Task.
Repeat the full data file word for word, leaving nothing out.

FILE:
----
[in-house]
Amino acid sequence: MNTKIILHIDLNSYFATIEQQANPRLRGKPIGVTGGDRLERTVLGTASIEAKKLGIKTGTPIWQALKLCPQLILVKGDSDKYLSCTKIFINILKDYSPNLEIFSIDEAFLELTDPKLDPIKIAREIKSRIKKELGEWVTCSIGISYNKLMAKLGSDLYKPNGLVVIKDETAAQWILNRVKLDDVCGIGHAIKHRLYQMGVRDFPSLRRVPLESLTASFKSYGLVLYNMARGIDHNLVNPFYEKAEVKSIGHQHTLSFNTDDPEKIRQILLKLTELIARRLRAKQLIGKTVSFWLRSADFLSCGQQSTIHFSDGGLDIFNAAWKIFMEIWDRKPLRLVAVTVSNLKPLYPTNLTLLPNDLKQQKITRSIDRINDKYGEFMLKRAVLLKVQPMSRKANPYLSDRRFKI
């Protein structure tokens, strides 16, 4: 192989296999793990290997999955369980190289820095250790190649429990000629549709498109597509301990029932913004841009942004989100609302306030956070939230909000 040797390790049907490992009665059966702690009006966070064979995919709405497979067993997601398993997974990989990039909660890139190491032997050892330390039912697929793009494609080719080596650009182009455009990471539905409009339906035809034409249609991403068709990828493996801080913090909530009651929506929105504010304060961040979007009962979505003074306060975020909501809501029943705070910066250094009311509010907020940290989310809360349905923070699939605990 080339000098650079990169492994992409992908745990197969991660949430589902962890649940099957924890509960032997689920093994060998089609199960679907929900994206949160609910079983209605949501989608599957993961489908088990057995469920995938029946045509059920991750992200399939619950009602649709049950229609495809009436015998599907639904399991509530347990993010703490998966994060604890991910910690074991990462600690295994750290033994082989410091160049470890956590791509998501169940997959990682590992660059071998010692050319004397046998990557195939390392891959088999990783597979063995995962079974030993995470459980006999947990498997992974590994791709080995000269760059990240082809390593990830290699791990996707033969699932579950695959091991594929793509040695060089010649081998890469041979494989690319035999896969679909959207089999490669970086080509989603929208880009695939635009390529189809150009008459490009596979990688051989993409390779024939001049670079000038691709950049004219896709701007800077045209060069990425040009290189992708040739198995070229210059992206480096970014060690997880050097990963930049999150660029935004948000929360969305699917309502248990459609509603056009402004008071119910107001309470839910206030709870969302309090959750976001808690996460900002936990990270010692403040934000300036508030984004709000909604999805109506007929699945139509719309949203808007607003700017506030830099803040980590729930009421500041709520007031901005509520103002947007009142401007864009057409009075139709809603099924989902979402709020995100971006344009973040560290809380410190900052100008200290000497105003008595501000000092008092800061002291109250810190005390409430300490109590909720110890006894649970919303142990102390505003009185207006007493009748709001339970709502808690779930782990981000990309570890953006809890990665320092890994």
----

[in-house]
Amino acid sequence: MNTKIILHIDLNSYFATIEQQANPRLRGKPIGVTGGDRLERTVLGTASIEAKKLGIKTGTPIWQALKLCPQLILVKGDSDKYLSCTKIFINILKDYSPNLEIFSIDEAFLELTDPKLDPIKIAREIKSRIKKELGEWVTCSIGISYNKLMAKLGSDLYKPNGLVVIKDETAAQWILNRVKLDDVCGIGHAIKHRLYQMGVRDFPSLRRVPLESLTASFKSYGLVLYNMARGIDHNLVNPFYEKAEVKSIGHQHTLSFNTDDPEKIRQILLKLTELIARRLRAKQLIGKTVSFWLRSADFLSCGQQSTIHFSDGGLDIFNAAWKIFMEIWDRKPLRLVAVTVSNLKPLYPTNLTLLPNDLKQQKITRSIDRINDKYGEFMLKRAVLLKVQPMSRKANPYLSDRRFKI
């Protein structure tokens, strides 16, 4: 192989296999793990290997999955369980190289820095250790190649429990000629549709498109597509301990029932913004841009942004989100609302306030956070939230909000 040797390790049907490992009665059966702690009006966070064979995919709405497979067993997601398993997974990989990039909660890139190491032997050892330390039912697929793009494609080719080596650009182009455009990471539905409009339906035809034409249609991403068709990828493996801080913090909530009651929506929105504010304060961040979007009962979505003074306060975020909501809501029943705070910066250094009311509010907020940290989310809360349905923070699939605990 080339000098650079990169492994992409992908745990197969991660949430589902962890649940099957924890509960032997689920093994060998089609199960679907929900994206949160609910079983209605949501989608599957993961489908088990057995469920995938029946045509059920991750992200399939619950009602649709049950229609495809009436015998599907639904399991509530347990993010703490998966994060604890991910910690074991990462600690295994750290033994082989410091160049470890956590791509998501169940997959990682590992660059071998010692050319004397046998990557195939390392891959088999990783597979063995995962079974030993995470459980006999947990498997992974590994791709080995000269760059990240082809390593990830290699791990996707033969699932579950695959091991594929793509040695060089010649081998890469041979494989690319035999896969679909959207089999490669970086080509989603929208880009695939635009390529189809150009008459490009596979990688051989993409390779024939001049670079000038691709950049004219896709701007800077045209060069990425040009290189992708040739198995070229210059992206480096970014060690997880050097990963930049999150660029935004948000929360969305699917309502248990459609509603056009402004008071119910107001309470839910206030709870969302309090959750976001808690996460900002936990990270010692403040934000300036508030984004709000909604999805109506007929699945139509719309949203808007607003700017506030830099803040980590729930009421500041709520007031901005509520103002947007009142401007864009057409009075139709809603099924989902979402709020995100971006344009973040560290809380410190900052100008200290000497105003008595501000000092008092800061002291109250810190005390409430300490109590909720110890006894649970919303142990102390505003009185207006007493009748709001339970709502808690779930782990981000990309570890953006809890990665320092890994």